The minimum wage and Martín Elías were the two most googled terms in Google’s list of top 2017 searches in Colombia. Music and sports featured extensively, while ‘How to be a Latin Lover?’ was the most-asked question.
There aren’t many mornings that find you dancing to vallenato music with a Martín Elías impersonator before you’ve even had your first coffee.
But then there aren’t many days when you’ll eat breakfast opposite a pretend Pope while a strange spy-type character hovers nearby and a person with dwarfism clutching a wad of cash worries past.
The ever-imaginative team at Google had teamed up with Andres Carne de Res to bring 2017 to life at a press breakfast, with nine lists of top 2017 searches in Colombia.
Carolina Angarita, general manager of Google Colombia, explained that while social media is what we present to the outside world, “when we enter a google search, we are asking what we really want to know, what we are interested in, what we dream of. Nobody is looking at us, we can ask what we want.”
The poor Pope stumbled on his way to the stage and got lost several times in his short speech. But, at number four, he wasn’t google Colombia’s most-searched-for personality. That honour went to Martín Elías – the promising vallenato star who was killed in a car accident this April. Patricia Teherán, considered one of the most important female voices in vallenato history, came in at second place. The vallenato star died in 1955, but this year her story was televised by Caracol.
Related: Big stories in 2017: Strikes, scandals and natural disasters
Music featured heavily, with its own top ten and a separate top ten of the most-searched-for song lyrics. Mind you, how ‘Despacito’ topped that list is a mystery to me – surely it’s been played enough that there’s barely a soul left on the planet, nevermind Colombia, who needs to look up the words?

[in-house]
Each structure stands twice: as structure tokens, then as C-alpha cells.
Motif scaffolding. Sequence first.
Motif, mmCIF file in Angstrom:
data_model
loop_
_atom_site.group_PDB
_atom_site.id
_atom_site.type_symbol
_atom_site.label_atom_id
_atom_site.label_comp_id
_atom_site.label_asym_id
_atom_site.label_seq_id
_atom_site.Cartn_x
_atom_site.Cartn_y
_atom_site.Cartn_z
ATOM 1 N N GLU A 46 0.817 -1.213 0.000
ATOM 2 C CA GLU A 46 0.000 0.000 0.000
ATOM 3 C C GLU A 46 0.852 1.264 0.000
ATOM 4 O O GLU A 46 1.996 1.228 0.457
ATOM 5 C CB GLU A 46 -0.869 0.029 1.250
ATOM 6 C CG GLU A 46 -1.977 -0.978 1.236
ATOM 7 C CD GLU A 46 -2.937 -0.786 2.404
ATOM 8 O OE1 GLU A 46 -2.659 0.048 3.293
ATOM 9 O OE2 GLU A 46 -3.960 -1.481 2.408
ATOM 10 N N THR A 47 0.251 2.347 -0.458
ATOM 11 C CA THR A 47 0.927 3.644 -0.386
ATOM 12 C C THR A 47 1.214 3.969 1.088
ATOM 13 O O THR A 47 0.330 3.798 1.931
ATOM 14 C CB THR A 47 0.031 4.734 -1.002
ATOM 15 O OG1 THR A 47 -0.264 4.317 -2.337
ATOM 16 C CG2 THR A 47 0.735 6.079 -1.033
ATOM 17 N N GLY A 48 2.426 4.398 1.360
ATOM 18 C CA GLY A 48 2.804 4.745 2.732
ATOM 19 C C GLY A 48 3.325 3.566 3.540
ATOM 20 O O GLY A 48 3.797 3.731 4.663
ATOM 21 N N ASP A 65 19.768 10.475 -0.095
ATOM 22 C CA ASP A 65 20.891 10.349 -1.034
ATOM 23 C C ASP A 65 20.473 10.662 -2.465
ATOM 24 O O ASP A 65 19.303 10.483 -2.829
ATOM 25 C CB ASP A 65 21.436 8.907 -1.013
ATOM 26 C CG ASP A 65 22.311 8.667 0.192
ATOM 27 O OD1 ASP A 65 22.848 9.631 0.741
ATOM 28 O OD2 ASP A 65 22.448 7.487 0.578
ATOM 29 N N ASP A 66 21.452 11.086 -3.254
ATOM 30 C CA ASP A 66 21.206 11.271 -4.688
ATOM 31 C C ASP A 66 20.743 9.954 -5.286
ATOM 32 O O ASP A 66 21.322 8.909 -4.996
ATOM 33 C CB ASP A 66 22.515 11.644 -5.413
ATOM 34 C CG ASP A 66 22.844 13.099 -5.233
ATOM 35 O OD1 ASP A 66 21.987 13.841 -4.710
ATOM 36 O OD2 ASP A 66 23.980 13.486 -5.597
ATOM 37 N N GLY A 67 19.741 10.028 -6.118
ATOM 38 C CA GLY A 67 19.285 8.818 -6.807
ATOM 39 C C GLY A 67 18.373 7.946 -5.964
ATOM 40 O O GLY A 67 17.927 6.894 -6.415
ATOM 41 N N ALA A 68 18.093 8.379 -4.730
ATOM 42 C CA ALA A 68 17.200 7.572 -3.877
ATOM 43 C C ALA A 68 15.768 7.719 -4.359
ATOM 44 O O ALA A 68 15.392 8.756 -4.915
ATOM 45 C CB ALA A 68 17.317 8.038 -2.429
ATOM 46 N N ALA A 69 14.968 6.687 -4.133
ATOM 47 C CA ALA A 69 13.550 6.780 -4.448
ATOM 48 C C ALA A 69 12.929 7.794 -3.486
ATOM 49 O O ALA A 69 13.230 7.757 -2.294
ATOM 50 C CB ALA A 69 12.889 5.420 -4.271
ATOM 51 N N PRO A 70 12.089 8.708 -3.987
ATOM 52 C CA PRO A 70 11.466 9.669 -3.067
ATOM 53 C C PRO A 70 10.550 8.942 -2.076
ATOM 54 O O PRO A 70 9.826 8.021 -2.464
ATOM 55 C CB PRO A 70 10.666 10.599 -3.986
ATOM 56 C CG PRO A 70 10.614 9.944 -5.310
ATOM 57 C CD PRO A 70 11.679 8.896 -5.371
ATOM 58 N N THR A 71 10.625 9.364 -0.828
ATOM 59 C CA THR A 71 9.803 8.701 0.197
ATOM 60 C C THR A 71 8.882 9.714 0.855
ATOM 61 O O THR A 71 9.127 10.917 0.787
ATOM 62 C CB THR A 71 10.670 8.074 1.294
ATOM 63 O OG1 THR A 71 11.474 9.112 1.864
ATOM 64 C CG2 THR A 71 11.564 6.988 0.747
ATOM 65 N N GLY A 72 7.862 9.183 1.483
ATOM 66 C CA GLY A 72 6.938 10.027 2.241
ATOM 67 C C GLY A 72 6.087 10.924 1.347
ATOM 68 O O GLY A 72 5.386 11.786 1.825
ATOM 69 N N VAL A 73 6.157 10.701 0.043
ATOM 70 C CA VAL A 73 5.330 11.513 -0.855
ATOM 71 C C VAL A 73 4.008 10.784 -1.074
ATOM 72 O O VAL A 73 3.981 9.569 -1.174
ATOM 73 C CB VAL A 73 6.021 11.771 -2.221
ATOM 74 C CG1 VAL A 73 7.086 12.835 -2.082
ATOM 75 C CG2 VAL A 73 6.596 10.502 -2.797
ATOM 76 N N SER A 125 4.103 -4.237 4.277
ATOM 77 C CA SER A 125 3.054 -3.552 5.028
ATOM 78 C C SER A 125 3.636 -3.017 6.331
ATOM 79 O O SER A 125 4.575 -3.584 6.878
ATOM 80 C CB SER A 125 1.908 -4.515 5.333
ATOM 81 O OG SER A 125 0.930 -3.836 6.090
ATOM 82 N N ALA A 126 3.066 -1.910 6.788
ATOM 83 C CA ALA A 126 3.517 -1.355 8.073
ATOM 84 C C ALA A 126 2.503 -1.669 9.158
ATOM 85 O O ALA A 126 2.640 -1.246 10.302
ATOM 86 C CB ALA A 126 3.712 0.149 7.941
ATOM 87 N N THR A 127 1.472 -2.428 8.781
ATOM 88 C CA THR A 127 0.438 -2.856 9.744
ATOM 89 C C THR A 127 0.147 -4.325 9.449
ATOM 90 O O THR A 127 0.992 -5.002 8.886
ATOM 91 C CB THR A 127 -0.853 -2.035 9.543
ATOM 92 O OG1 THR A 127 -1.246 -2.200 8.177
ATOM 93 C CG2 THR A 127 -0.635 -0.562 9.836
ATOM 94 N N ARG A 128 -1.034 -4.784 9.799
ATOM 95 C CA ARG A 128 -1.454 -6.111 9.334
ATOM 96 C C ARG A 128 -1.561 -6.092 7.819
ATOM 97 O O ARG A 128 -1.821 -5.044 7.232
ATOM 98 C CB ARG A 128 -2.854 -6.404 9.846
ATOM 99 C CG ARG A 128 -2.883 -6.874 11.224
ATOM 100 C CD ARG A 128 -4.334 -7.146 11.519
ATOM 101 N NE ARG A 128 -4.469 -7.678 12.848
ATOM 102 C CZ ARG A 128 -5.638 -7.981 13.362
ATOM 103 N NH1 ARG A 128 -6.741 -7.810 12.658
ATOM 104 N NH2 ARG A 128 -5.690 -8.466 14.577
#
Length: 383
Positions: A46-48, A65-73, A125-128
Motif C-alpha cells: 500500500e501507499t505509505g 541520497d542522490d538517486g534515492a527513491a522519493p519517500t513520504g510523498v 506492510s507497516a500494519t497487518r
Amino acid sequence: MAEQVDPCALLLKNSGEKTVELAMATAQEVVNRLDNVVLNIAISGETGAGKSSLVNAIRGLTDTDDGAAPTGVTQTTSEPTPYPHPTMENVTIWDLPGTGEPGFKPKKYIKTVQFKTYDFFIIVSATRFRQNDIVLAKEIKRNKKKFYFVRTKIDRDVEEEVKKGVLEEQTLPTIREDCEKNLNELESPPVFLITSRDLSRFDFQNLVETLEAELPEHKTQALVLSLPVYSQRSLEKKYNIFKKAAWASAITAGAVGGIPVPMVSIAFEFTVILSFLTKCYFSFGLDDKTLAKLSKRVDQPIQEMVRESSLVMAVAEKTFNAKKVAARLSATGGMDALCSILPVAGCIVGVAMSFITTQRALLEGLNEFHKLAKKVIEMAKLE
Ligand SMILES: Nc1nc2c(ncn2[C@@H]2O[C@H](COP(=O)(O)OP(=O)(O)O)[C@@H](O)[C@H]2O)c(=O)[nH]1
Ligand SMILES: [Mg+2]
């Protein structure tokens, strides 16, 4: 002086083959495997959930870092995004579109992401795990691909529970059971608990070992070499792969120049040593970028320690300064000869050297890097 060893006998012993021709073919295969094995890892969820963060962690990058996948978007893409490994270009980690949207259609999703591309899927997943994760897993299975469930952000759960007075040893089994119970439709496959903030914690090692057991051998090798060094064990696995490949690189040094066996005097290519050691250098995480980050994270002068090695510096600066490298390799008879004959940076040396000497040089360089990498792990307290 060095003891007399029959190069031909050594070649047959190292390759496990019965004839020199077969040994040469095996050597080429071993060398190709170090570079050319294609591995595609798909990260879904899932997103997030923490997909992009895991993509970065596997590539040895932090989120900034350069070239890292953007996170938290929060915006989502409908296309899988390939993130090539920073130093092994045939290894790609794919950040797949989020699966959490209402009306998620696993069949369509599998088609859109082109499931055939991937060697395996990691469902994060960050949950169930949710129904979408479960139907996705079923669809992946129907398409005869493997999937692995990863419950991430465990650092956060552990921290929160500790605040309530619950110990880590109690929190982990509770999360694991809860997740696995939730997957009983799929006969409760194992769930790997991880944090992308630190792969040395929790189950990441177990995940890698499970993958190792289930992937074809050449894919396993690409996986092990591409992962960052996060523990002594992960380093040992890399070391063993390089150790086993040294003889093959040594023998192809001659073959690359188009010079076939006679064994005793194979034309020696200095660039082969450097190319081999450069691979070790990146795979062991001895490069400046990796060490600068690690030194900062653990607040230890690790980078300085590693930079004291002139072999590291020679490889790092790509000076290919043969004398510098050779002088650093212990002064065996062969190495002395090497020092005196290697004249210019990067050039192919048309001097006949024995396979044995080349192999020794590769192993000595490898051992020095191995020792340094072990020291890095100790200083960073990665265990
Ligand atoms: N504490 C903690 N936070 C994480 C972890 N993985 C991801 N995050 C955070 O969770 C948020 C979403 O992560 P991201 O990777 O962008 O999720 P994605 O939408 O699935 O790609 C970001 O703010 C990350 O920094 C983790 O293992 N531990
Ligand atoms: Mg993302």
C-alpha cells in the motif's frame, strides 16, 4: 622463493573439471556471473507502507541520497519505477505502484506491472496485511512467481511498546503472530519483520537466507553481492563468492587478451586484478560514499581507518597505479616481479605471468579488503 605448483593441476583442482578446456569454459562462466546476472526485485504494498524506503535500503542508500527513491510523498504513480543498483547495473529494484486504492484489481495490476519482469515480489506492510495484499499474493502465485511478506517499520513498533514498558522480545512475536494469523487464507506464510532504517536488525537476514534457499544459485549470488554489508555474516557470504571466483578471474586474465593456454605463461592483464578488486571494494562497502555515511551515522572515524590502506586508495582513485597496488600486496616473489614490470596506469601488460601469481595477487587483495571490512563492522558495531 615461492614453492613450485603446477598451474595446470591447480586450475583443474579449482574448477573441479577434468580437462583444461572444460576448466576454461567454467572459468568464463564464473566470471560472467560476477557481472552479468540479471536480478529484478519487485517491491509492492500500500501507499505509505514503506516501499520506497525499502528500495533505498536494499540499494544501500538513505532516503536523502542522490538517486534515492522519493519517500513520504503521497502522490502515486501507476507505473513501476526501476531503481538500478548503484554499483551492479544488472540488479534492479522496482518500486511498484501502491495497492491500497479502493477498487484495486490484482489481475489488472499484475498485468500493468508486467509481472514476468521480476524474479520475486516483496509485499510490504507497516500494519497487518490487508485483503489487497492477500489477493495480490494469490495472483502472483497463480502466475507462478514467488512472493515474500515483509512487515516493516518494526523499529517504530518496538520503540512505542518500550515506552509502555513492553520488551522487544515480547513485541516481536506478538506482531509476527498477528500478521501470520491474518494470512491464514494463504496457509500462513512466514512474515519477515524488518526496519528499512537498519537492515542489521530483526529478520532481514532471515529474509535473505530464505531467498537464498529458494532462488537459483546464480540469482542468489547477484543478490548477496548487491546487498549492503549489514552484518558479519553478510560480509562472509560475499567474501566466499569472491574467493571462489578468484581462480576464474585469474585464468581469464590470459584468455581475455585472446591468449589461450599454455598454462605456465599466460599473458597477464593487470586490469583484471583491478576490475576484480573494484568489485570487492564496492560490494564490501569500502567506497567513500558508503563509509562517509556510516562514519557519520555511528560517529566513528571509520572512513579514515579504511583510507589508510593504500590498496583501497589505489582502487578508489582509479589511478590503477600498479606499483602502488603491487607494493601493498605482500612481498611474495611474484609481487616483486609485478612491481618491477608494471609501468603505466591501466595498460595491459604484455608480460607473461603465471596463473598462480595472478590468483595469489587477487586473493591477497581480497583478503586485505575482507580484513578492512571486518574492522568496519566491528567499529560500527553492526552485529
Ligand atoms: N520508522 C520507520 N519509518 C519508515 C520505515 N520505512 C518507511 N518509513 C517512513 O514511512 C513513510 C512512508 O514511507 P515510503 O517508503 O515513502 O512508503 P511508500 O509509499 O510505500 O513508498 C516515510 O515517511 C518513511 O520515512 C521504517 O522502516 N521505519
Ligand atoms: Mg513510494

Angarita said, “Colombia is one of the countries in the world that is most interested in music on the internet.” She continued, “We learned more reggaeton songs and we still love vallenato.” Not many surprises there then.
Equally unsurprising, given the country’s passion for sports, was that athletes and sports events dominated the lists, with the Liga Águila, Giro Italia, the Tour de France and Russia qualifications all taking top-ten spots on the most-searched list and Rigo Go-go and Coutinho appearing in the year’s top personalities. A padded Nairo puffed onto the stage, panting and apologising for being late.
Related: 2017: Top ten memorable moments in Colombian sports
We British are perhaps overly sensitive when it comes to political correctness, but I did wonder whether it was verging on inappropriate to personalise hurricane Irma as a crazy lady dressed in a maid’s uniform who heckled the speakers and embarrassed members of the audience. The hurricane that wreaked havoc featured on several of the search lists.
In contrast, Google’s Year in Search 2017 video hit exactly the right note and made the hairs on the back of my neck stand on end. Some of the things the world asked were: How do hurricanes form; how to calm a dog during a storm; how to help flood victims; how to make a difference; and how to help Puerto Rico, Mexico, Las Vegas, Grenfell Tower, Syria and more.
Those who live outside Colombia may be surprised by the absence of peace, FARC, and indeed politics and politicians on any of the lists. Indeed, given the prominence of peace in Colombian news, it may also come as a surprise to some who live here. But perhaps it is that very prominence that leads to the lack of searches – maybe people don’t feel the need to search because they are already inundated with peace-related news. Perhaps people are simply tired of reading about both conflict and peace. Or perhaps it reflects an apathy towards the peace process, which would be sad since so many observers have highlighted the importance of civic participation in this post-conflict phase.
I would certainly posit that the lack of politicians on the list does not bode well for voter-turnout in the 2018 elections. Let’s hope the 2018 presidential campaigners do not ignore the fact that the minimum salary topped the list of search trends for 2017. It was certainly hard to ignore the little person circling the room and muttering ‘It’s not fair’ as he clutched his cash.
Returning to the things people did search for, and they asked are some interesting questions. ‘How to be a Latin lover’ was at the top, followed by ‘When is Mother’s Day?’ and ‘Where is Mocoa?’ The importance of family here comes through with ‘When is Father’s Day?’ also making it into the top ten.
I’ll leave you to make what you will of the rest of the results.
||Events of the year
||The year in sport
|The questions of the year (how, when, what, where)
||What does it mean?